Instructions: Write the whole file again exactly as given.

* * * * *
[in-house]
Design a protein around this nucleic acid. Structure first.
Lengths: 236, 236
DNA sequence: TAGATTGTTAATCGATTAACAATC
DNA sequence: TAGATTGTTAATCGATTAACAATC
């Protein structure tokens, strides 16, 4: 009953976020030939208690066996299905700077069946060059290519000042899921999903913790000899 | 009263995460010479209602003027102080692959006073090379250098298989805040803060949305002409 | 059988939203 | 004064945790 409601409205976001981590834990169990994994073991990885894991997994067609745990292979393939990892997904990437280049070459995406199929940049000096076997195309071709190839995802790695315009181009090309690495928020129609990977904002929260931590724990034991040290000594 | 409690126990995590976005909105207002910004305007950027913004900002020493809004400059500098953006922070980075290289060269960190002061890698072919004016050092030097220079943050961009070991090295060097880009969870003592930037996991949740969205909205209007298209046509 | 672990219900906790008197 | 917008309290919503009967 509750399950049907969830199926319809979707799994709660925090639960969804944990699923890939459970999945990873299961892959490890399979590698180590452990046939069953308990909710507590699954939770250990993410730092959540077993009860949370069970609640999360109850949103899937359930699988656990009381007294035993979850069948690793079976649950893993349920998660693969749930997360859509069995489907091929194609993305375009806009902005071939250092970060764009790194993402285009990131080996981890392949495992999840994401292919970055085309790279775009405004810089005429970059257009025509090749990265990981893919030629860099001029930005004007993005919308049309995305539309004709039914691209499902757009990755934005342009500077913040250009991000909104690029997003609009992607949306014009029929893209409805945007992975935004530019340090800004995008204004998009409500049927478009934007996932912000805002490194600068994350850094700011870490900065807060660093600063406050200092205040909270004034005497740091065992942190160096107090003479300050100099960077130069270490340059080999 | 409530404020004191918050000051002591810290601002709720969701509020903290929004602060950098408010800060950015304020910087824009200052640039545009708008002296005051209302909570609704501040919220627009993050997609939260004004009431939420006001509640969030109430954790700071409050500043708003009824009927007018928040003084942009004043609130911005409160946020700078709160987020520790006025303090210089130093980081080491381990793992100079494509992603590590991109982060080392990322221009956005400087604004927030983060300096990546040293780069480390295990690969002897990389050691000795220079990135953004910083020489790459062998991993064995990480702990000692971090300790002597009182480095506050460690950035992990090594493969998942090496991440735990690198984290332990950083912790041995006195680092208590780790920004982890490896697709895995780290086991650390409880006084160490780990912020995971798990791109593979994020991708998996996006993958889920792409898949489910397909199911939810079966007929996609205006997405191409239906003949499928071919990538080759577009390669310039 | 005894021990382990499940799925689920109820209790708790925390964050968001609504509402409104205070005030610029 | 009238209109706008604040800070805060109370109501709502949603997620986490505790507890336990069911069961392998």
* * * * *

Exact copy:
[in-house]
Design a protein around this nucleic acid. Structure first.
Lengths: 236, 236
DNA sequence: TAGATTGTTAATCGATTAACAATC
DNA sequence: TAGATTGTTAATCGATTAACAATC
């Protein structure tokens, strides 16, 4: 009953976020030939208690066996299905700077069946060059290519000042899921999903913790000899 | 009263995460010479209602003027102080692959006073090379250098298989805040803060949305002409 | 059988939203 | 004064945790 409601409205976001981590834990169990994994073991990885894991997994067609745990292979393939990892997904990437280049070459995406199929940049000096076997195309071709190839995802790695315009181009090309690495928020129609990977904002929260931590724990034991040290000594 | 409690126990995590976005909105207002910004305007950027913004900002020493809004400059500098953006922070980075290289060269960190002061890698072919004016050092030097220079943050961009070991090295060097880009969870003592930037996991949740969205909205209007298209046509 | 672990219900906790008197 | 917008309290919503009967 509750399950049907969830199926319809979707799994709660925090639960969804944990699923890939459970999945990873299961892959490890399979590698180590452990046939069953308990909710507590699954939770250990993410730092959540077993009860949370069970609640999360109850949103899937359930699988656990009381007294035993979850069948690793079976649950893993349920998660693969749930997360859509069995489907091929194609993305375009806009902005071939250092970060764009790194993402285009990131080996981890392949495992999840994401292919970055085309790279775009405004810089005429970059257009025509090749990265990981893919030629860099001029930005004007993005919308049309995305539309004709039914691209499902757009990755934005342009500077913040250009991000909104690029997003609009992607949306014009029929893209409805945007992975935004530019340090800004995008204004998009409500049927478009934007996932912000805002490194600068994350850094700011870490900065807060660093600063406050200092205040909270004034005497740091065992942190160096107090003479300050100099960077130069270490340059080999 | 409530404020004191918050000051002591810290601002709720969701509020903290929004602060950098408010800060950015304020910087824009200052640039545009708008002296005051209302909570609704501040919220627009993050997609939260004004009431939420006001509640969030109430954790700071409050500043708003009824009927007018928040003084942009004043609130911005409160946020700078709160987020520790006025303090210089130093980081080491381990793992100079494509992603590590991109982060080392990322221009956005400087604004927030983060300096990546040293780069480390295990690969002897990389050691000795220079990135953004910083020489790459062998991993064995990480702990000692971090300790002597009182480095506050460690950035992990090594493969998942090496991440735990690198984290332990950083912790041995006195680092208590780790920004982890490896697709895995780290086991650390409880006084160490780990912020995971798990791109593979994020991708998996996006993958889920792409898949489910397909199911939810079966007929996609205006997405191409239906003949499928071919990538080759577009390669310039 | 005894021990382990499940799925689920109820209790708790925390964050968001609504509402409104205070005030610029 | 009238209109706008604040800070805060109370109501709502949603997620986490505790507890336990069911069961392998």